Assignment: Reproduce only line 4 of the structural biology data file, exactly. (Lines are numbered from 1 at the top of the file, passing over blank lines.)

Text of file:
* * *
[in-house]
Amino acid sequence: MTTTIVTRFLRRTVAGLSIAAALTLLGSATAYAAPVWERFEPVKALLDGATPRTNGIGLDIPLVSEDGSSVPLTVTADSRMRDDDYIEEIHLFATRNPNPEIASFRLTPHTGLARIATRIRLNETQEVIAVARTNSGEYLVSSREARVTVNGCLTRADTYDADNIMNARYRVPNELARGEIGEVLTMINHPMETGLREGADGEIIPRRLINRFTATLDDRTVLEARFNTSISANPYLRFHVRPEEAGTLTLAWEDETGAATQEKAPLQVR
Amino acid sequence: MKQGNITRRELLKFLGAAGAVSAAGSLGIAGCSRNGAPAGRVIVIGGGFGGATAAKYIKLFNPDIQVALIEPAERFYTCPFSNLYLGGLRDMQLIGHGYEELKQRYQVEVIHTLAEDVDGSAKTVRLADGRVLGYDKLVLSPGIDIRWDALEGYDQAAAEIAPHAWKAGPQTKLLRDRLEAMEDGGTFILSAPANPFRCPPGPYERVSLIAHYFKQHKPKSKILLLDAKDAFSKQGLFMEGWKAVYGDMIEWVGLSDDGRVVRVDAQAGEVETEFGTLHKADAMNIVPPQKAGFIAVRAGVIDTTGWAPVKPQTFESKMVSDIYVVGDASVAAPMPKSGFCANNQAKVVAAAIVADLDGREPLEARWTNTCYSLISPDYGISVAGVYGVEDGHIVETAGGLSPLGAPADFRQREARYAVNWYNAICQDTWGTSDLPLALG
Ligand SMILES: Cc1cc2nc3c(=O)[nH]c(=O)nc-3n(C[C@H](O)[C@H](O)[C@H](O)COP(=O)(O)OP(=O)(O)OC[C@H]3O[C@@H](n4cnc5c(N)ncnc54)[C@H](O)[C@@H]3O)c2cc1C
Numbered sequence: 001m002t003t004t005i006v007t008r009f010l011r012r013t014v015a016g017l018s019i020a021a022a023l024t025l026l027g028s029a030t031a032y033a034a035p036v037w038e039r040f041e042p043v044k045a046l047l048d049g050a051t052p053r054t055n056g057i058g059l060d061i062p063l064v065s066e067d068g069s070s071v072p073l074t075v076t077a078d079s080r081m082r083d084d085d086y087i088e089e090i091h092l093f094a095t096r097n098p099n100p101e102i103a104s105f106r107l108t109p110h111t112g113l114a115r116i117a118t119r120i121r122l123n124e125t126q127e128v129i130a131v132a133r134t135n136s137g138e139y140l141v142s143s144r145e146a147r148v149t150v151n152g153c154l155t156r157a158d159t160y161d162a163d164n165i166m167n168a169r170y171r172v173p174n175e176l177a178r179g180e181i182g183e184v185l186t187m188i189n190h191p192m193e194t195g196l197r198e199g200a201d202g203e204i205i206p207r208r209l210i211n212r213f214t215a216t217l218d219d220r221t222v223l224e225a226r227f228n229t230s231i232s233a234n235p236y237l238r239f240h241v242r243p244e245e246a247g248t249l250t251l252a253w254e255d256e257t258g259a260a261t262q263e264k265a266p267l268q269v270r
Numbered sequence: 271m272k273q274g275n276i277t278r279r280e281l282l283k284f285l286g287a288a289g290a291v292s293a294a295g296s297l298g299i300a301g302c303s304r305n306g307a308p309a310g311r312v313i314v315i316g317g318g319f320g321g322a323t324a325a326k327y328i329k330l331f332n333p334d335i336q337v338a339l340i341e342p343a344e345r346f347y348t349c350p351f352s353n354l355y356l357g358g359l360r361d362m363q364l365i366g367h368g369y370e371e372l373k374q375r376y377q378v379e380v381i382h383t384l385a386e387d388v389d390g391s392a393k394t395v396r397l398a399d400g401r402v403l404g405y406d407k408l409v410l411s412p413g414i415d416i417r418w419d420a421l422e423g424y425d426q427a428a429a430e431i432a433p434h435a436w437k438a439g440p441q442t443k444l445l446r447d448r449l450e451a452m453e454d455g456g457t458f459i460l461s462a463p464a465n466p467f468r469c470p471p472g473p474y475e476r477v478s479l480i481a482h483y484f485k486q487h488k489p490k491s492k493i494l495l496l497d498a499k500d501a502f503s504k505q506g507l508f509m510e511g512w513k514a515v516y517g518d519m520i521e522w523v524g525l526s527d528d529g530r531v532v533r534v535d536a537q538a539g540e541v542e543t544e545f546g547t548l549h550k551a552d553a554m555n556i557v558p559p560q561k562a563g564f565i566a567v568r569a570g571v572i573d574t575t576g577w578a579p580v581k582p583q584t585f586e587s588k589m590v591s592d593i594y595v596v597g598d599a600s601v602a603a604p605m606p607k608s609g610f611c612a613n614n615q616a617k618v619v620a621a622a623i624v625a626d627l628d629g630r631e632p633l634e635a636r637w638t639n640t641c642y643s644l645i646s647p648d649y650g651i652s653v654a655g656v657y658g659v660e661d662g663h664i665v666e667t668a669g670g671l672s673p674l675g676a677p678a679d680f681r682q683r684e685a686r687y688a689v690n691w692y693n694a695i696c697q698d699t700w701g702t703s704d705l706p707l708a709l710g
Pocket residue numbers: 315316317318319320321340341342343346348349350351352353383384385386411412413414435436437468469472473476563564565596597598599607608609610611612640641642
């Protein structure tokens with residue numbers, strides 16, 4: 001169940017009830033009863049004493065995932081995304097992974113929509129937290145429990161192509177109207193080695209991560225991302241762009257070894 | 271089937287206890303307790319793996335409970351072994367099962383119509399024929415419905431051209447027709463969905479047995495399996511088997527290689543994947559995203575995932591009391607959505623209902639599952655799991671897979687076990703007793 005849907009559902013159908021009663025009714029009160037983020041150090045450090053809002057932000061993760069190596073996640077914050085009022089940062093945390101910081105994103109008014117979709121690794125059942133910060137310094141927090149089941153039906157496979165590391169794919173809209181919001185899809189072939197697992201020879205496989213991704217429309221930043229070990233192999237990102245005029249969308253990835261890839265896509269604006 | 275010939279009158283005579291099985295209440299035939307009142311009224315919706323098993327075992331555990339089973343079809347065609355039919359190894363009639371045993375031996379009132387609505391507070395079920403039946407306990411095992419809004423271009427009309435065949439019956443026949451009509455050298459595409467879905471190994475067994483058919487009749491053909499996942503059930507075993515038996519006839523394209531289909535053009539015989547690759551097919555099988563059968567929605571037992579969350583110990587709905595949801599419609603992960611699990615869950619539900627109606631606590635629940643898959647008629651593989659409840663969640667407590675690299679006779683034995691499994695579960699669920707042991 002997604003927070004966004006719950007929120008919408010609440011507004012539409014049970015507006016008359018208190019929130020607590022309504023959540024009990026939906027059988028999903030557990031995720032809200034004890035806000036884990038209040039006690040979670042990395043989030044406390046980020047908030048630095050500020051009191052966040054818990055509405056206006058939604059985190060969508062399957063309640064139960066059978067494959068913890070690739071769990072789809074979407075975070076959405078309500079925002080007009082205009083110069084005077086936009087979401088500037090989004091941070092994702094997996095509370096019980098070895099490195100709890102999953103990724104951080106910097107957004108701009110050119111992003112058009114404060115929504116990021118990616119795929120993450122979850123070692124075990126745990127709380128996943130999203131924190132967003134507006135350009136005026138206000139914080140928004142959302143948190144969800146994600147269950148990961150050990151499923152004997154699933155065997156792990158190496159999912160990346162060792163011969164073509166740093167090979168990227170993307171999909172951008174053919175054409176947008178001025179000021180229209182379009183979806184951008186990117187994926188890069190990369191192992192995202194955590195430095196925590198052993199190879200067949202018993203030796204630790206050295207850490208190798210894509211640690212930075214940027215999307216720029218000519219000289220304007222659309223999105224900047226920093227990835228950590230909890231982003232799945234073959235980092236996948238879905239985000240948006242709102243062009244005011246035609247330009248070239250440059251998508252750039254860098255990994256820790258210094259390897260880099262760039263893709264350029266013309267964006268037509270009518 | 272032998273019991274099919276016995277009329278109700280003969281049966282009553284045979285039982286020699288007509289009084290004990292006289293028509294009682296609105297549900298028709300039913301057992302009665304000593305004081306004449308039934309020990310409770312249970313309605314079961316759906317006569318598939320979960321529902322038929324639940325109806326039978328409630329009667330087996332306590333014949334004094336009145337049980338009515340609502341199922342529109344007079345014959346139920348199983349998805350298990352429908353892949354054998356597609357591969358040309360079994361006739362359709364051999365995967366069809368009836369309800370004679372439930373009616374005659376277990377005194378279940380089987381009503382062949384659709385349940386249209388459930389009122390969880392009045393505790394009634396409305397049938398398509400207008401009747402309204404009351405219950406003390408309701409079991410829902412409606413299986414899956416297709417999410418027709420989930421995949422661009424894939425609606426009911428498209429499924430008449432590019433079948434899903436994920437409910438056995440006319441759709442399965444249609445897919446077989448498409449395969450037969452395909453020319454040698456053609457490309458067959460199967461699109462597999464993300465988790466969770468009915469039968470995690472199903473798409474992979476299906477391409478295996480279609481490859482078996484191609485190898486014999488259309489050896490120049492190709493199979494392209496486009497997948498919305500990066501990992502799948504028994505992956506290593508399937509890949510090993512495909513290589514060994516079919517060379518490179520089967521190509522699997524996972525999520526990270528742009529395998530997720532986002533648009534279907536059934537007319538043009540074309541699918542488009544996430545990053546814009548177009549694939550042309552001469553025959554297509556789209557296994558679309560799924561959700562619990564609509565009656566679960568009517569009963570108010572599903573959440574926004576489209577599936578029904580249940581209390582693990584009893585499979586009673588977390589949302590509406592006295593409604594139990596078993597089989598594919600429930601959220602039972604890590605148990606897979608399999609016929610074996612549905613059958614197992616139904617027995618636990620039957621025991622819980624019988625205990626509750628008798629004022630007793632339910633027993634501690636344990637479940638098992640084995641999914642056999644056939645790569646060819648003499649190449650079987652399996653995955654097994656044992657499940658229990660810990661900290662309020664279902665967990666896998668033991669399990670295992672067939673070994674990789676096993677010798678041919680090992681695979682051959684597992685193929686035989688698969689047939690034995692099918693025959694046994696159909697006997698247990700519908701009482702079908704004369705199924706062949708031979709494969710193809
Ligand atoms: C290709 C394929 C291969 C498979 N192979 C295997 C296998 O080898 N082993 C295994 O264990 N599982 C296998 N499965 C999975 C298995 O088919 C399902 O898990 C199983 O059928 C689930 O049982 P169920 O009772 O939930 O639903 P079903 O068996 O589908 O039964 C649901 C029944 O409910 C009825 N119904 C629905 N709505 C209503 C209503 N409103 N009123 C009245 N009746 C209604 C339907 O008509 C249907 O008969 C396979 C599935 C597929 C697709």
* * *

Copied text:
Ligand SMILES: Cc1cc2nc3c(=O)[nH]c(=O)nc-3n(C[C@H](O)[C@H](O)[C@H](O)COP(=O)(O)OP(=O)(O)OC[C@H]3O[C@@H](n4cnc5c(N)ncnc54)[C@H](O)[C@@H]3O)c2cc1C